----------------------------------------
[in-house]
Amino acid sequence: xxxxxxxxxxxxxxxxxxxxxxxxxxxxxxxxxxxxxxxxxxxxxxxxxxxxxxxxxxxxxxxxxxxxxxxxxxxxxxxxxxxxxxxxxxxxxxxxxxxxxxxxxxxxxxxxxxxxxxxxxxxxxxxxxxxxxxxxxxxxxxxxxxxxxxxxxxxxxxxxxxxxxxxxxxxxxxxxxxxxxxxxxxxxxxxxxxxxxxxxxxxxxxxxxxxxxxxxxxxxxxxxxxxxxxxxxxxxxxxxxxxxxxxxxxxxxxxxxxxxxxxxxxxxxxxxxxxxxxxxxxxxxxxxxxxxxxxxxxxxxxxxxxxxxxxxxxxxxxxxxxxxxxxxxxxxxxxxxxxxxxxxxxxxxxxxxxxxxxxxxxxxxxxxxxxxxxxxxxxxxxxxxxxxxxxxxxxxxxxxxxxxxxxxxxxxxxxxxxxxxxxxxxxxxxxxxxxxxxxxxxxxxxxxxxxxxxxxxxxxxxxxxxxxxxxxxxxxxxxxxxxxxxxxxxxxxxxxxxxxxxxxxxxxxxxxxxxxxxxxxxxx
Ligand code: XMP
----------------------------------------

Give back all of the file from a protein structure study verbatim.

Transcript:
[in-house]
Amino acid sequence: xxxxxxxxxxxxxxxxxxxxxxxxxxxxxxxxxxxxxxxxxxxxxxxxxxxxxxxxxxxxxxxxxxxxxxxxxxxxxxxxxxxxxxxxxxxxxxxxxxxxxxxxxxxxxxxxxxxxxxxxxxxxxxxxxxxxxxxxxxxxxxxxxxxxxxxxxxxxxxxxxxxxxxxxxxxxxxxxxxxxxxxxxxxxxxxxxxxxxxxxxxxxxxxxxxxxxxxxxxxxxxxxxxxxxxxxxxxxxxxxxxxxxxxxxxxxxxxxxxxxxxxxxxxxxxxxxxxxxxxxxxxxxxxxxxxxxxxxxxxxxxxxxxxxxxxxxxxxxxxxxxxxxxxxxxxxxxxxxxxxxxxxxxxxxxxxxxxxxxxxxxxxxxxxxxxxxxxxxxxxxxxxxxxxxxxxxxxxxxxxxxxxxxxxxxxxxxxxxxxxxxxxxxxxxxxxxxxxxxxxxxxxxxxxxxxxxxxxxxxxxxxxxxxxxxxxxxxxxxxxxxxxxxxxxxxxxxxxxxxxxxxxxxxxxxxxxxxxxxxxxxxx
Ligand code: XMP